Translation problem in connection with terrorism charges

Two mosque leaders in Albany, New York, accused of supporting terrorism, may have been the victims of a translation error, according to Yahoo News:

bq. [Prosecutors] said a word on one page, written in Arabic, referred to Aref as “commander.” In fact, the word was Kurdish, and could be translated as “brother,” according to prosecutors.

bq. Reviewing the page for the newspaper, Nijyar Shemdin, the U.S. representative for the Kurdistan Regional Government in Washington, said he did not see how a translation would have come up with the word “commander.” He also said Aref was referred to with the common honorific “kak,” which could mean brother or mister.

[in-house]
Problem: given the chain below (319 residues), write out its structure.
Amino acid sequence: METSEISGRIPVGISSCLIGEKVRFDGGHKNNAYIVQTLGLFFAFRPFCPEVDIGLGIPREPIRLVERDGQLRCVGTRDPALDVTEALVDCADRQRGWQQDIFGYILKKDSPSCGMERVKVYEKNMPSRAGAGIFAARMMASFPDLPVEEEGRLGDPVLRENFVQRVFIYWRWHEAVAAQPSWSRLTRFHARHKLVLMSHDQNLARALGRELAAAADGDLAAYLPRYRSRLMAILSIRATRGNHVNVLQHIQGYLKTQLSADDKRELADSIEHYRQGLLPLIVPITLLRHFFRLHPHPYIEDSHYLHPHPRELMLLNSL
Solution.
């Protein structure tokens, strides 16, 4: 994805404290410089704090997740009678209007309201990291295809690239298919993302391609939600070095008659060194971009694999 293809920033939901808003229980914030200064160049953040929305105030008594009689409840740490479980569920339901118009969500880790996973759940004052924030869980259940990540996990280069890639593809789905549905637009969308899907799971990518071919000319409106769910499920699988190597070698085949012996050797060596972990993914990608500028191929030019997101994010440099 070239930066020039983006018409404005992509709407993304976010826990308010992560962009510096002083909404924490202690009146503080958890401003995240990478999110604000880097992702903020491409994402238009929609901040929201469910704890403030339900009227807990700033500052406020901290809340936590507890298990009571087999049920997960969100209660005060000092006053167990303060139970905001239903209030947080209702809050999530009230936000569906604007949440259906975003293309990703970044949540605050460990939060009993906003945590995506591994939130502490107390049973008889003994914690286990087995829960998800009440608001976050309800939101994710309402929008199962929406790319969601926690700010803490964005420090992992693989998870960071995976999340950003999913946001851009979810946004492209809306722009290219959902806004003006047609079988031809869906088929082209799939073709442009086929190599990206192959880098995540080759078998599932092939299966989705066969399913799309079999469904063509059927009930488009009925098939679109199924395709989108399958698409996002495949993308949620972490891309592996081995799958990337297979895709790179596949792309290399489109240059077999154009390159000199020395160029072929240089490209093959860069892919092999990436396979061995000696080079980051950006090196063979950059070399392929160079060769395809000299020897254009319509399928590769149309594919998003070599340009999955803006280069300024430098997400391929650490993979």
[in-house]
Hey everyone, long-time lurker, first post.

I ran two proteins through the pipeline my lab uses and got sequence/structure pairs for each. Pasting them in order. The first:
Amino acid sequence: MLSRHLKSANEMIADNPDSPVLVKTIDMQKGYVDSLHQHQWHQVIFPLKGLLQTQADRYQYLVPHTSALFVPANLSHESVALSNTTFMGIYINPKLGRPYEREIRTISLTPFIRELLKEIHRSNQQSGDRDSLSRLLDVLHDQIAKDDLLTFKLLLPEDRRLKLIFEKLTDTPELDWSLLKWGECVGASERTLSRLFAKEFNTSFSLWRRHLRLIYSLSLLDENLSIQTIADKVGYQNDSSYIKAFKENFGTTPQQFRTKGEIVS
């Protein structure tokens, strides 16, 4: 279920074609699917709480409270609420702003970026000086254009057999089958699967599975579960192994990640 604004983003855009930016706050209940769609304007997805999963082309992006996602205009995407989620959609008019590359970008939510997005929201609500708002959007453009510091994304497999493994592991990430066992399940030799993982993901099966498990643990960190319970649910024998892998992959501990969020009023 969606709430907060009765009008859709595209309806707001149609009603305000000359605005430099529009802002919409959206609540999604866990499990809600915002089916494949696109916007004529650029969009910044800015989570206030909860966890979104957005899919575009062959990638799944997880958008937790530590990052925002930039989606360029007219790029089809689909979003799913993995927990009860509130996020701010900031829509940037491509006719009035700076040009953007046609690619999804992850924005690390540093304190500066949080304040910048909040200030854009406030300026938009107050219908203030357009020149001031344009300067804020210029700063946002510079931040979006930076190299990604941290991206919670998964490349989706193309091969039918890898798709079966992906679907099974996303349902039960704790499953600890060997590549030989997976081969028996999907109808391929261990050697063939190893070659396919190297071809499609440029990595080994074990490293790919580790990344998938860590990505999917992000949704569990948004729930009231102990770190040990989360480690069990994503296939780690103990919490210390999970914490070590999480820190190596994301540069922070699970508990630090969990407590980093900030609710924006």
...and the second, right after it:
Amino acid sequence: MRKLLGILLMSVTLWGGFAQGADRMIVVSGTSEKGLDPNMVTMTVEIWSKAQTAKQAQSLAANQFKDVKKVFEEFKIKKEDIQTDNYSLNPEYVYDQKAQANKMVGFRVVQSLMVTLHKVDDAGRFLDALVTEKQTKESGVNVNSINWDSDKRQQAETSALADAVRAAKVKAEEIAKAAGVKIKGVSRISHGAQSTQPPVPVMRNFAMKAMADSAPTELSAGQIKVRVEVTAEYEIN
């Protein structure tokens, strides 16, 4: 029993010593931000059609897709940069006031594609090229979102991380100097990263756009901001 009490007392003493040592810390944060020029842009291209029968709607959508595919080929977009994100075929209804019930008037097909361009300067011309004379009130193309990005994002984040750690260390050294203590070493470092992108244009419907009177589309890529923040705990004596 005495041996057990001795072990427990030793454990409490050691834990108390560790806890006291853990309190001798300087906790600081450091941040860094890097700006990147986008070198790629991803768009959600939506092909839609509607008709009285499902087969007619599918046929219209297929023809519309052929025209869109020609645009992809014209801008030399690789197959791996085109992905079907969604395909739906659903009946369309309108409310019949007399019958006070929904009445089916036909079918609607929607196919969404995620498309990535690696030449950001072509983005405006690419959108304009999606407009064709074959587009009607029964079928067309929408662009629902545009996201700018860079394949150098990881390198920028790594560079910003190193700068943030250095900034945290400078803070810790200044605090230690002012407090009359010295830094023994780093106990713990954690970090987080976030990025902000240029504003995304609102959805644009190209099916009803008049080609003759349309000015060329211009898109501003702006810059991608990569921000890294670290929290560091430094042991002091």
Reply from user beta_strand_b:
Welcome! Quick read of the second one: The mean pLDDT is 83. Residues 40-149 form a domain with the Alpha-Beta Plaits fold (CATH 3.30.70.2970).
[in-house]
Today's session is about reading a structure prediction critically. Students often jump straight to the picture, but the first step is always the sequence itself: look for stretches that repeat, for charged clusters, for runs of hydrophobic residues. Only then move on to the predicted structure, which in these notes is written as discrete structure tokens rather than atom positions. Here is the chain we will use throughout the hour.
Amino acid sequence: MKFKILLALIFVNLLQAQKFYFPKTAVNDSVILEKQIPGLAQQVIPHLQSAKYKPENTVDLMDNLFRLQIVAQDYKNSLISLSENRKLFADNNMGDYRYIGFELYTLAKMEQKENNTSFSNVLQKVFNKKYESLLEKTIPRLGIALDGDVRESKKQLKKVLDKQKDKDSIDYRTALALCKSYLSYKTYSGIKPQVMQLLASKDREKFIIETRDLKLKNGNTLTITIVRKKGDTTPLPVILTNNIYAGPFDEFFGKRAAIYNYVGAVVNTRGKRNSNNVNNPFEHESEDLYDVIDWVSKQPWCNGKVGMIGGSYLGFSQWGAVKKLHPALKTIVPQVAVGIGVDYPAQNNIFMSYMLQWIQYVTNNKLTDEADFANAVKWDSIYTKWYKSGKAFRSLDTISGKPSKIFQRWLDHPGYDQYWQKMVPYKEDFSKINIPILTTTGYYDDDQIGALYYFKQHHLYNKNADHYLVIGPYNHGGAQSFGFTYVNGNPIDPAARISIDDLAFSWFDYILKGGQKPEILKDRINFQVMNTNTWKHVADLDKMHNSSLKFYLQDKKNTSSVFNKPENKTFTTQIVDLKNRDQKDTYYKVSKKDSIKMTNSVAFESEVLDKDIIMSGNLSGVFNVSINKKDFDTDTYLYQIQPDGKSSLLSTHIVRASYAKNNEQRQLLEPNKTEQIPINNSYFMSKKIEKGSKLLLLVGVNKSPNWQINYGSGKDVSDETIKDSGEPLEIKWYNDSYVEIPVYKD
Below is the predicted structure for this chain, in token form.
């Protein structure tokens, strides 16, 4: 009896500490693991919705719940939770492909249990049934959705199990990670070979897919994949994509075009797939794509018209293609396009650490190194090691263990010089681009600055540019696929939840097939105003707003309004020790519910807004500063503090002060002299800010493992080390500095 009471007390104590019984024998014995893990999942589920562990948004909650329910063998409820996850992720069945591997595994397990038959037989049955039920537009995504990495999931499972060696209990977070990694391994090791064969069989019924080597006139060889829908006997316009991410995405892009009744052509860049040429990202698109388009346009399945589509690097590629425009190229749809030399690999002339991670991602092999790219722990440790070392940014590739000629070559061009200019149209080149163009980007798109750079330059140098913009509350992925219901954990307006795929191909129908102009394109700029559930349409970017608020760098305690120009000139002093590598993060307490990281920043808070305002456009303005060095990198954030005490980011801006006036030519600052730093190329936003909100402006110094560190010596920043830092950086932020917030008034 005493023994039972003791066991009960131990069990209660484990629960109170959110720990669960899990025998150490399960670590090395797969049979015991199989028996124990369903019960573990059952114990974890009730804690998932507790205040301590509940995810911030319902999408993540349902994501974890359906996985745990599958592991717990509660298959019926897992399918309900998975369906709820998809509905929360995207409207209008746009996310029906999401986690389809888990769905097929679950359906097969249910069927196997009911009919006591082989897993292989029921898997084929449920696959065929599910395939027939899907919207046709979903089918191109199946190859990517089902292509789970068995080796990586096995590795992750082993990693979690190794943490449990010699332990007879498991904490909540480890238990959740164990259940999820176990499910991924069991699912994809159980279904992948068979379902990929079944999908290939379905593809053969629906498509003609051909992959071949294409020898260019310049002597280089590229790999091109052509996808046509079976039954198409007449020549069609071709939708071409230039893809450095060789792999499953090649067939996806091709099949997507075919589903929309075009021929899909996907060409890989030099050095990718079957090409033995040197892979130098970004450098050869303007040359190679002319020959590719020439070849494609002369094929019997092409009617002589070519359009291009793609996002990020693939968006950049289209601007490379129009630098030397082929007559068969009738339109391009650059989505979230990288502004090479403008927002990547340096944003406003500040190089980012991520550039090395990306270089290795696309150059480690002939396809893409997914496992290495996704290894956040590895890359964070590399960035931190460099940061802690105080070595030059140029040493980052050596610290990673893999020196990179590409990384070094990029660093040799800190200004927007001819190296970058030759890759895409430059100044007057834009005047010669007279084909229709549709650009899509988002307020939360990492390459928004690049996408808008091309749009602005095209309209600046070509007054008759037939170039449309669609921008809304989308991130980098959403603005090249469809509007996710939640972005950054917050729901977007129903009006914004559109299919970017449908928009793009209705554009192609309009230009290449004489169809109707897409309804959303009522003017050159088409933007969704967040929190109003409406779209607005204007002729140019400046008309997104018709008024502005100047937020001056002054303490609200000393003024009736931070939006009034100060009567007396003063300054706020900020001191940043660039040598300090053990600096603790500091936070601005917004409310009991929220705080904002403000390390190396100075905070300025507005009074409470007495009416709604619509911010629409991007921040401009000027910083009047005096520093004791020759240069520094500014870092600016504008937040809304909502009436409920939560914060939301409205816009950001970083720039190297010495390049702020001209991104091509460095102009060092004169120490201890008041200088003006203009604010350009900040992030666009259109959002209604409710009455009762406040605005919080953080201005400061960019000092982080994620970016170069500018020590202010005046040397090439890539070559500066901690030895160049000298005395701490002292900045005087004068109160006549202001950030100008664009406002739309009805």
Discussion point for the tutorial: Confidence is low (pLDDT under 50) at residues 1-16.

The New York Times also reports, with more details (this was all part of a sting operation).

bq. However, many of the conversations between the informant and the men were in Urdu, as well as in Arabic and English, and Mr. Kindlon said there might be problems with the translations of those meetings, as well.

bq. In court documents, the government provided only snippets of the conversations already translated.

Thanks to John Lynch of the Forensic Linguistics list.

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